Civil War Admendments

By: Tierza

Dates and Purpose

The Equal Rights Amendment to the Constitution was proposed in the United States Congress by December 1923. It was promoted by, Alice Paul and National Women's party, but opposed by many of their colleagues who had worked to pass the Nineteenth Amendment (women's suffrage) in 1920. The ERA would could have eliminated protective legislation compleatly which for years reformers had fought for female industrial workers. Paul was determined that women should be treated as individuals under the law just as men were alot, not as a class subject to mass government regulations.

The Reconstruction

The Reconstruction plan

Abraham Lincoln had thought about the process of restoring the Union from the earliest days of the war. His guiding principles were to accomplish the task as rapidly as possible and ignore calls for punishing the South.


The states of Louisiana, Arkansas and Tennessee rapidly acted to comply with these terms. Despite an early position showing a vindictive streak, Andrew Johnson continued Lincoln's plan for reconstruction when he took office after Lincoln's assassination. Civil government were set up, except in the state of Texas, after conventions in each state officially abolished slavery, repudiated their debts, and canceled the acts of secession. Representatives were elected to serve in Congress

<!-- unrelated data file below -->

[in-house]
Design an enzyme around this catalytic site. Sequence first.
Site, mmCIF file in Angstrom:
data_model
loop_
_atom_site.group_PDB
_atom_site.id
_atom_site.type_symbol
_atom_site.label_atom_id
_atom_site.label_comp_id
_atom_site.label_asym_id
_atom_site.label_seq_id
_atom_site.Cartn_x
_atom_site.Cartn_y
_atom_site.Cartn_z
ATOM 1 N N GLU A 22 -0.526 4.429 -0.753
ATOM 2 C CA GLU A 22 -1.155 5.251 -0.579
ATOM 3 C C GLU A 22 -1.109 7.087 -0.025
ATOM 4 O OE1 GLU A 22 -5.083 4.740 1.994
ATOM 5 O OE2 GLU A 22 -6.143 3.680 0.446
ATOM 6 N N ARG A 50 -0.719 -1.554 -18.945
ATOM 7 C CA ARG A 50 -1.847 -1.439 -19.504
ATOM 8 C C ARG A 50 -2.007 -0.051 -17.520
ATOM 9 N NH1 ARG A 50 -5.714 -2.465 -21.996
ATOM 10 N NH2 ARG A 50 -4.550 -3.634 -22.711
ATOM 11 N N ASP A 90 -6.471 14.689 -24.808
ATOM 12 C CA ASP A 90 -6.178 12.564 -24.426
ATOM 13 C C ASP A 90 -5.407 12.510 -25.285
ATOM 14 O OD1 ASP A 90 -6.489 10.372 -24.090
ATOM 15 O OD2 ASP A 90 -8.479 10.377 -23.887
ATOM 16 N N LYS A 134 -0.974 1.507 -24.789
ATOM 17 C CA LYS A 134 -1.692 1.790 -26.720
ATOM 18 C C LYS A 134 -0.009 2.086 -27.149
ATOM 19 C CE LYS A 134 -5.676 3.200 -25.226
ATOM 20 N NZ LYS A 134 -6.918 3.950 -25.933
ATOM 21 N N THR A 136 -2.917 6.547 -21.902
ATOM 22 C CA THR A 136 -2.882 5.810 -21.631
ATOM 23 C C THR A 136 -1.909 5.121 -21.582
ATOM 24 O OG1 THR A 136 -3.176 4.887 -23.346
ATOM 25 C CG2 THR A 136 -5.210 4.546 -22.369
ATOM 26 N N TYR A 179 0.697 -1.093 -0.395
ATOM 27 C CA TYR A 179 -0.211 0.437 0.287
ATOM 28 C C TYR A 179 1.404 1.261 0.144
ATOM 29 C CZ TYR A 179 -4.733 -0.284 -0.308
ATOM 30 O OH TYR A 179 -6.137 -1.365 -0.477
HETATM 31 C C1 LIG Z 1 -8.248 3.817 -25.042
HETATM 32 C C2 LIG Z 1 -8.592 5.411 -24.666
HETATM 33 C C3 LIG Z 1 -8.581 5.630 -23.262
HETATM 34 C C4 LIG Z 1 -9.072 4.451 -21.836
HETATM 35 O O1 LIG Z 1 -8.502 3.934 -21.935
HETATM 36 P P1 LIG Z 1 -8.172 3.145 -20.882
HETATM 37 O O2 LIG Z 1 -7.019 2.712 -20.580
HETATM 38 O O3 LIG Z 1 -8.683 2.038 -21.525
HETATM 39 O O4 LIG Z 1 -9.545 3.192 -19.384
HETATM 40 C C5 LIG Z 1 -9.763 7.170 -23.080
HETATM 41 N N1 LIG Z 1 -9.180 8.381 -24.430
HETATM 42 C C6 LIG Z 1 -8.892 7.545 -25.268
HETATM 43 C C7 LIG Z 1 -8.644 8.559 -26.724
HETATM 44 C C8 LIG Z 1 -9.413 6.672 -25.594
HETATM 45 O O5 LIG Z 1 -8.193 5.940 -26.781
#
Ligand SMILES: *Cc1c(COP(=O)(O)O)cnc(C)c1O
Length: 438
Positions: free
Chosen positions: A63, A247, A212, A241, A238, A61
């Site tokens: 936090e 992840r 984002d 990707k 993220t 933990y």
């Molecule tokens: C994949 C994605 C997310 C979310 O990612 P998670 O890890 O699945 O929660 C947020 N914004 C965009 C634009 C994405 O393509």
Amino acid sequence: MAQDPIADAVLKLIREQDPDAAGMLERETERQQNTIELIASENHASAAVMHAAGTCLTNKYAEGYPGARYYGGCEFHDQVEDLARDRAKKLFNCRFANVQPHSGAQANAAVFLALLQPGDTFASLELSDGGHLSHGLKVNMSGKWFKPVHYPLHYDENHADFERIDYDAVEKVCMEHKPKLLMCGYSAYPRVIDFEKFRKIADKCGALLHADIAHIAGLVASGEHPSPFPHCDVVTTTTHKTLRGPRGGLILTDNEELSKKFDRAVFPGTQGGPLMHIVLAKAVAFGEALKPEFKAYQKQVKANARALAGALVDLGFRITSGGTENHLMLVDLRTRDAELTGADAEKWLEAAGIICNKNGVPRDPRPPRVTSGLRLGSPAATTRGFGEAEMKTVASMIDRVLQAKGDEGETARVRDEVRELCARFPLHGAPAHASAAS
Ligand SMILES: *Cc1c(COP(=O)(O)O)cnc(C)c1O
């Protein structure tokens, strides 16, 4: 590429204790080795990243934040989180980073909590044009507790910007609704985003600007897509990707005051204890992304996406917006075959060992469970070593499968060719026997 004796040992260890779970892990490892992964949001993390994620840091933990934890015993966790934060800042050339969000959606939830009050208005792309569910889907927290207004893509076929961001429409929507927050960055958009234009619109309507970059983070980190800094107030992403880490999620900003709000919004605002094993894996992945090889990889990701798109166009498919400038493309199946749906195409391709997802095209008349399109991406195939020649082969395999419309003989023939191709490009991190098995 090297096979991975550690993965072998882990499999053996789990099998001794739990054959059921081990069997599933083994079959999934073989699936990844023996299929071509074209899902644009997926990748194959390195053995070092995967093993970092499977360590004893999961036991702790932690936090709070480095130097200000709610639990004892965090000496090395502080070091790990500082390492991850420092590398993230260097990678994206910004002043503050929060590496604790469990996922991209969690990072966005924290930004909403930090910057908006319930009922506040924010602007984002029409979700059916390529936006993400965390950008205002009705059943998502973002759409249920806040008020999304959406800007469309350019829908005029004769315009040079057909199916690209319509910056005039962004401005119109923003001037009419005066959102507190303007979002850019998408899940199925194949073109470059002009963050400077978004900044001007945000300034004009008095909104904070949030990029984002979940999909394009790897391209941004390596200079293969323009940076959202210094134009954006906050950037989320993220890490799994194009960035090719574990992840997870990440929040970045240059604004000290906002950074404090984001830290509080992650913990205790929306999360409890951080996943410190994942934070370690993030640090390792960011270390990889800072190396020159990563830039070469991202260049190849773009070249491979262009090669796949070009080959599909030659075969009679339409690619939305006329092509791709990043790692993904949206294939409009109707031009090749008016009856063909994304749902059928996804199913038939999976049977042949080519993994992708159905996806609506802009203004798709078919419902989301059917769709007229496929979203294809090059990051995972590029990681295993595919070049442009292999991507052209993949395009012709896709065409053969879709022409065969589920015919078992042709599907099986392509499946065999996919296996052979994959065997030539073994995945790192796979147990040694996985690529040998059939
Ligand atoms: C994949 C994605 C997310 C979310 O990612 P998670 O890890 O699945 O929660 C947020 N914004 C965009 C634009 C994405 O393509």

Black Codes

After the Civil War white Southerners moved quickly to eliminate black people's newfound freedom. They wanted to return blacks, in effect, to their prewar status as slaves. In order to do this "legally," they passed new laws that appeared, on the surface, to be neutral and fair to all races. In actuality however, these laws were actually designed specifically to repress black people.

At first these laws were called Black Codes, but because of their deceptive nature, they eventually came to be known as the laws of Jim Crow. Jim Crow was the name of character in a minstrel show. Minstrel shows were popular during that time, and they featured white actors in "black face," or black make-up. Because of this, the name Jim Crow represented the fact that Black Codes were based on racial disguise.

South Carolina began to establish Black Codes immediately. The Constitution of 1865, passed only a few months after the Civil War ended, failed to grant African-Americans the right to vote. It also retained racial qualifications for the legislature. Consequently, black people had no power to combat the unfair laws. This was to the black people not the whites.